I'm not contemplating the whole quilt.  At the moment I'm going slowly, enjoying the process, stitching in the garden with its not too windy. Clare @selfsewn and I are using the hashtag #alittlepassacaglia

 Here's a rather dark image of the finished Oakshott mini quilt from the previous post.  It seems that once I've finished as EPP project I have to start another.

Linking with Jessica at Life Under Quilts.

Tuesday, 14 July 2015

Nine Stars - some EPP with curves.

I've been working on a small piece made from shot cotton.  The above pic is from the back against the light, so you can see all the gaps I've left!  Each block is 6 inches square.

 Oakshott did an offer for their sample packs and I got my hands on the Lakes pack - lovely blues with a bit of green and purple.  It was fun squeezing the pieces out of a five inch square.  I used every scrap.  The white and brown pieces were from stash.

I used my usual method of drawing on a piece of Incompetech graph paper - this one is on Polar graph paper.  I found the best way to get round the complex curves was to cut the seam allowance really fine and let it stretch. Easy with a closely woven fabric.

I wish you could see the colours.  About to finish it off with some hand quilting.

In haste so I can link up with Life Under Quilts -and WIP Wednesday at Freshly Pieced.

Tuesday, 16 June 2015

Another Liberty Quilt - reversible.

Last week I finished my second Liberty quilt in a month. This one includes some of the more unusual dark fabrics which many people would not associate with Liberty.  It is a mix of four patch and sixteen patch blocks, which make an unexpected secondary pattern.

The back is made from the same fabrics.  The dark one here is Susannah, which is also shown in the pink in the bottom left quarter.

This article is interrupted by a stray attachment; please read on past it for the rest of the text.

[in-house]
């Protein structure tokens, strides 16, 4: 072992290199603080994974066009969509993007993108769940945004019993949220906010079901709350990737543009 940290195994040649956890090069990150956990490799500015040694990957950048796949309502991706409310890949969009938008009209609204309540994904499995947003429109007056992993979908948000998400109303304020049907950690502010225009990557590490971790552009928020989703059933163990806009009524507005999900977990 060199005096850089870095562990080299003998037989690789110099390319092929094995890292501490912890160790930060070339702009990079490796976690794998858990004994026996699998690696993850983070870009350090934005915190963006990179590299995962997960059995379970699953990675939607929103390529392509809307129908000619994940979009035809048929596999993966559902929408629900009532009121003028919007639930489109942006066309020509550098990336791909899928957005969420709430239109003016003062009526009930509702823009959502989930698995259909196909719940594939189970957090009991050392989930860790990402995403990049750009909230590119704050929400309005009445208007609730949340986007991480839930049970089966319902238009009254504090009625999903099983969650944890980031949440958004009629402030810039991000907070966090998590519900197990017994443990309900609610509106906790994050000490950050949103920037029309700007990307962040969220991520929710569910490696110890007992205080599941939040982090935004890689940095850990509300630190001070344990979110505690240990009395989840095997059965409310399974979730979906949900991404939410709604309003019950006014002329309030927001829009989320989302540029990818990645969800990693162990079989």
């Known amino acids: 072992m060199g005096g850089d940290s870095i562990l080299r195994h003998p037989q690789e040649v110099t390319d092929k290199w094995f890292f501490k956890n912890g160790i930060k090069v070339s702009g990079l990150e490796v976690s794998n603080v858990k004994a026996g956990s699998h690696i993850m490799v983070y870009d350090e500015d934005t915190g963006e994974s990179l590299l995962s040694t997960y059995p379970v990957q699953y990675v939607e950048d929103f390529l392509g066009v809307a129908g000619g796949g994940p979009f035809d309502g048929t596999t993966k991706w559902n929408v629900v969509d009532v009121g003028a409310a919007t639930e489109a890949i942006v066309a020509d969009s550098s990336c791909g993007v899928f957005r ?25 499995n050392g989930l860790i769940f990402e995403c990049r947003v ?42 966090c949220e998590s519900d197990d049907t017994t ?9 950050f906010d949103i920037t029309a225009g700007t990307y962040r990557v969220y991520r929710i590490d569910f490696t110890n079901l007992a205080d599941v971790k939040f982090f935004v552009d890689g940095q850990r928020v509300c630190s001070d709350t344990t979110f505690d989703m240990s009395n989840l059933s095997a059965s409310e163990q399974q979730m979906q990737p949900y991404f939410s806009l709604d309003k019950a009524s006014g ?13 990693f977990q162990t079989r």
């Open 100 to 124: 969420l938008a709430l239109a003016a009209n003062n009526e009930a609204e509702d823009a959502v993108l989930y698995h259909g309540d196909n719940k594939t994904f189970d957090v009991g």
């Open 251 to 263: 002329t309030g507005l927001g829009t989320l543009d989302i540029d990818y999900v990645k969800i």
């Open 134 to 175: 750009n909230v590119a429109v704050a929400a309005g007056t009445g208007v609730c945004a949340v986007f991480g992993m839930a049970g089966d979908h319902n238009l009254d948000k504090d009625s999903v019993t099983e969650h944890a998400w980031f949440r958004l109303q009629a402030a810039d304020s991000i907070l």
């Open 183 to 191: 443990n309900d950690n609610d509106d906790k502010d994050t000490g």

The small squares finish at 2½ inches and the whole quilt is 60 inches square.

I think I'll slow down a bit now.

Monday, 15 June 2015

Moorish Patterns in EPP - Update

I'm working on a new EPP pattern to go with the other Arabic style patterns that have been pinned to the wall here. This one is based on a pattern from Kharraqan in western Iran. It's a two colour tesselation. I had to split each shape into three for the EPP.

The fabrics are Oakshotts.  It may not show up too well, but there are three different blues and two different whites.  I wanted them to look like tiles with slightly different glazes.  

But it is not too extravagant; I bought a bundle of fat eighths when they were on offer.  If you work small you can get a lot of fun for your money.  Less than a round of G&Ts in a London bar.  

I like to have an EPP project in the summer when I can work outside.

 Not a bad workspace, is it?

Decided to use thread basting instead of glue because there are so many seams joining in one place.  I find it easier to make the (technical term coming) little flappy bits sit right. The squares you can see on the paper shapes are 1 cm.

The fabric is running out and I've no idea which colours they were and if they are still available.  

So maybe I will stop soon and join all the pieces together. Somehow.  

If you want to see the patterns go here.

Tuesday, 9 June 2015

Liberty Ninepatch

I finished the Liberty Nine Patch.  If you could only feel how soft and silky it is.   It is 100% Liberty Tana Lawn, binding, backing and every last piece. 

It was made from a sample book (you can read how I got hold of that here) and any scrap in my stash which was big enough to cut 4 or 5 2½ inch squares.

The sample book was very useful as it included lots of unusual darks which were great for contrast.  Beautiful as Liberty is, I find it can look fuzzy from a distance if there isn't enough contrast. 

It's big - 72 inches by 84 inches.  I had intended it to be bigger but the sample book was running out.

Oddly I seem to have more fabric left than before - partly because through posting pictures on Instagram I was commissioned to make another Liberty quilt by a friend of a friend.  She requested pink with contrasting darks.  So I had to buy more, naturally. I'm piecing the back of that one now.

Linking up with Mrs Sew and Sow's Scraptastic Tuesday.   

Friday, 29 May 2015

EPP and Instagram Swaps

I recently joined an Instagram swap organised by Jo who blogs at Life in Lists.  It is a secret swap, so although I know the person I am making this for, she does not know who I am and I don't know who is making for me.    It's been great fun following new people and seeing what they are making, and wondering if their creation is meant for me.  All the while I've been neglecting this blog.